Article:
9.10 ARIMA vs ETS
It is a commonly held myth that ARIMA models are more general than exponential smoothing. While linear exponential smoothing models are all special cases of ARIMA models, the non-linear exponential smoothing models have no equivalent ARIMA counterparts. On the other hand, there are also many ARIMA models that have no exponential smoothing counterparts. In particular, all ETS models are non-stationary, while some ARIMA models are stationary. Figure 9.27 shows the overlap between the two model classes.
The ETS models with seasonality or non-damped trend or both have two unit roots (i.e., they need two levels of differencing to make them stationary). All other ETS models have one unit root (they need one level of differencing to make them stationary).
Table 9.4 gives the equivalence relationships for the two classes of models. For the seasonal models, the ARIMA parameters have a large number of restrictions.
|ETS model||ARIMA model||Parameters|
The AICc is useful for selecting between models in the same class. For example, we can use it to select an ARIMA model between candidate ARIMA models16 or an ETS model between candidate ETS models. However, it cannot be used to compare between ETS and ARIMA models because they are in different model classes, and the likelihood is computed in different ways. The examples below demonstrate selecting between these classes of models.
ETS() on non-seasonal data
We can use time series cross-validation to compare an ARIMA model and an ETS model. Let’s consider the Australian population from the
global_economy dataset, as introduced in Section 8.2.
<- global_economy %>% filter(Code == "AUS") %>% aus_economy mutate(Population = Population/1e6) %>% aus_economy slice(-n()) %>% stretch_tsibble(.init = 10) %>% model( ETS(Population), ARIMA(Population) %>% ) forecast(h = 1) %>% accuracy(aus_economy) %>% select(.model, ME:RMSSE) #> # A tibble: 2 x 8 #> .model ME RMSE MAE MPE MAPE MASE RMSSE #> <chr> <dbl> <dbl> <dbl> <dbl> <dbl> <dbl> <dbl> #> 1 ARIMA(Population) 0.0420 0.194 0.0789 0.277 0.509 0.317 0.746 #> 2 ETS(Population) 0.0202 0.0774 0.0543 0.112 0.327 0.218 0.298
In this case the ETS model has higher accuracy on the cross-validated performance measures. Below we generate and plot forecasts for the next 5 years generated from an ETS model.
%>% aus_economy model(ETS(Population)) %>% forecast(h = "5 years") %>% autoplot(aus_economy) + labs(title = "Australian population", y = "People (millions)")
ETS() on seasonal data
In this case we want to compare seasonal ARIMA and ETS models applied to the quarterly cement production data (from
aus_production). Because the series is relatively long, we can afford to use a training and a test set rather than time series cross-validation. The advantage is that this is much faster. We create a training set from the beginning of 1988 to the end of 2007 and select an ARIMA and an ETS model using the
<- aus_production %>% cement select(Cement) %>% filter_index("1988 Q1" ~ .) <- cement %>% filter_index(. ~ "2007 Q4")train
The output below shows the ARIMA model selected and estimated by
ARIMA(). The ARIMA model does well in capturing all the dynamics in the data as the residuals seem to be white noise.
<- train %>% model(ARIMA(Cement)) fit_arima report(fit_arima) #> Series: Cement #> Model: ARIMA(1,0,1)(2,1,1) w/ drift #> #> Coefficients: #> ar1 ma1 sar1 sar2 sma1 constant #> 0.8886 -0.2366 0.081 -0.2345 -0.8979 5.388 #> s.e. 0.0842 0.1334 0.157 0.1392 0.1780 1.484 #> #> sigma^2 estimated as 11456: log likelihood=-463.5 #> AIC=941 AICc=942.7 BIC=957.4 gg_tsresiduals(fit_arima, lag_max = 16)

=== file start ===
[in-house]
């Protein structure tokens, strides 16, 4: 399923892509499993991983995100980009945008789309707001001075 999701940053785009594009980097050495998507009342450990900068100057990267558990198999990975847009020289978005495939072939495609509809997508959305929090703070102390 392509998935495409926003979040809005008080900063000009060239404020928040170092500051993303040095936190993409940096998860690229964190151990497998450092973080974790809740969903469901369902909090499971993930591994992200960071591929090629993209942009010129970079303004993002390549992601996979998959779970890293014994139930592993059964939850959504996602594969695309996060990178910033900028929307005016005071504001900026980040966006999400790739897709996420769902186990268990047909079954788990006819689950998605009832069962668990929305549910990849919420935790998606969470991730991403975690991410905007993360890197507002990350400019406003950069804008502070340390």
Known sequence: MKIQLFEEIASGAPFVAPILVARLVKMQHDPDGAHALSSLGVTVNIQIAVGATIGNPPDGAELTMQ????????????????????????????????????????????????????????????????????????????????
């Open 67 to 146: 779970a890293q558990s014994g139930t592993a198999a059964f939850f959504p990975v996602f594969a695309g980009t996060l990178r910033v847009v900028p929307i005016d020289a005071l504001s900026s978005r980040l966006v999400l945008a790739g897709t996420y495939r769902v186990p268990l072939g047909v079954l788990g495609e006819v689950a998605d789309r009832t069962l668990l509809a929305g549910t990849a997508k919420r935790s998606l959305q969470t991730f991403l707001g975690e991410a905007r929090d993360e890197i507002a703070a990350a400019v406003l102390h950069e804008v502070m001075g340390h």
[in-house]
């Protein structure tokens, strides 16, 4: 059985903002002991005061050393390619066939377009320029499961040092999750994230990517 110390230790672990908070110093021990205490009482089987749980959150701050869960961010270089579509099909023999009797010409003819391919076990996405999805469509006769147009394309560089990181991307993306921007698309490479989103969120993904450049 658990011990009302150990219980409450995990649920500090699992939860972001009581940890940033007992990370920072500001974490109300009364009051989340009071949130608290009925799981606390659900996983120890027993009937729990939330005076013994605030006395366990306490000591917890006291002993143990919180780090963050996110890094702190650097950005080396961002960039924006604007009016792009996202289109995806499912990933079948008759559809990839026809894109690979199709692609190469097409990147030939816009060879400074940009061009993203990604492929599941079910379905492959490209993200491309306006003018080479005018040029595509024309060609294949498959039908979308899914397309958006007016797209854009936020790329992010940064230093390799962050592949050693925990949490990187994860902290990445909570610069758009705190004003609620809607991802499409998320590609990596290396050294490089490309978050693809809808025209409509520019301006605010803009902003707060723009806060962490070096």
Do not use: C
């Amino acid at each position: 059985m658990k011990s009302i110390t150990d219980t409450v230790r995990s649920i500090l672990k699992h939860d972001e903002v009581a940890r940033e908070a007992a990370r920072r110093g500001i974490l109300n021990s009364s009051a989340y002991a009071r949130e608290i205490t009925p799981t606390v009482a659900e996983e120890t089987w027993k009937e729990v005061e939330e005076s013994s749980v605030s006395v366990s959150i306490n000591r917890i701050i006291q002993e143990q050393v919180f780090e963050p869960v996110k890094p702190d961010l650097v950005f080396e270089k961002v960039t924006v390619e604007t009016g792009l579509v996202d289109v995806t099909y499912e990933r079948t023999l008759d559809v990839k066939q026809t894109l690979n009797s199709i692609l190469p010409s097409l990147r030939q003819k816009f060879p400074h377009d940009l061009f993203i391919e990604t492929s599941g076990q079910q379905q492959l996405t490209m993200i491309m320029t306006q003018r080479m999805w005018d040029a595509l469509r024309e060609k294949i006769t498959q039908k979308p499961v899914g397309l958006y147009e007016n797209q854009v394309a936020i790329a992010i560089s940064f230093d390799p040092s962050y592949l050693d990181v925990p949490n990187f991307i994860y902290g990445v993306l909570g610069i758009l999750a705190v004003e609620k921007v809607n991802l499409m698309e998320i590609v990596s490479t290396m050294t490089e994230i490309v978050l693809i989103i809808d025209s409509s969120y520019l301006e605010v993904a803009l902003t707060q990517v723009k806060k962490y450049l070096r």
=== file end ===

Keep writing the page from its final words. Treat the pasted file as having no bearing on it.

augment(fit_arima) %>% features(.innov, ljung_box, lag = 16, dof = 6) #> # A tibble: 1 x 3 #> .model lb_stat lb_pvalue #> <chr> <dbl> <dbl> #> 1 ARIMA(Cement) 6.37 0.783
The output below also shows the ETS model selected and estimated by
ETS(). This model also does well in capturing all the dynamics in the data, as the residuals similarly appear to be white noise.
<- train %>% model(ETS(Cement)) fit_ets report(fit_ets) #> Series: Cement #> Model: ETS(M,N,M) #> Smoothing parameters: #> alpha = 0.7534 #> gamma = 1e-04 #> #> Initial states: #> l s1 s2 s3 s4 #> 1695 1.031 1.045 1.011 0.9122 #> #> sigma^2: 0.0034 #> #> AIC AICc BIC #> 1104 1106 1121 %>% gg_tsresiduals(lag_max = 16)fit_ets
augment(fit_ets) %>% features(.innov, ljung_box, lag = 16, dof = 6) #> # A tibble: 1 x 3 #> .model lb_stat lb_pvalue #> <chr> <dbl> <dbl> #> 1 ETS(Cement) 10.0 0.438
The output below evaluates the forecasting performance of the two competing models over the test set. In this case the ARIMA model seems to be the slightly more accurate model based on the test set RMSE, MAPE and MASE.
# Generate forecasts and compare accuracy over the test set bind_rows( %>% accuracy(), fit_arima %>% accuracy(), fit_ets %>% forecast(h = "2 years 6 months") %>% fit_arima accuracy(cement), %>% forecast(h = "2 years 6 months") %>% fit_ets accuracy(cement) %>% ) select(-ME, -MPE, -ACF1) #> # A tibble: 4 x 7 #> .model .type RMSE MAE MAPE MASE RMSSE #> <chr> <chr> <dbl> <dbl> <dbl> <dbl> <dbl> #> 1 ARIMA(Cement) Training 100. 79.9 4.37 0.546 0.582 #> 2 ETS(Cement) Training 103. 80.0 4.41 0.547 0.596 #> 3 ARIMA(Cement) Test 216. 186. 8.68 1.27 1.26 #> 4 ETS(Cement) Test 222. 191. 8.85 1.30 1.29
Below we generate and plot forecasts from the ARIMA model for the next 3 years.
%>% cement model(ARIMA(Cement)) %>% forecast(h="3 years") %>% autoplot(cement) + labs(title = "Cement production in Australia", y="Tonnes ('000)")
As already noted, comparing information criteria is only valid for ARIMA models of the same orders of differencing.↩︎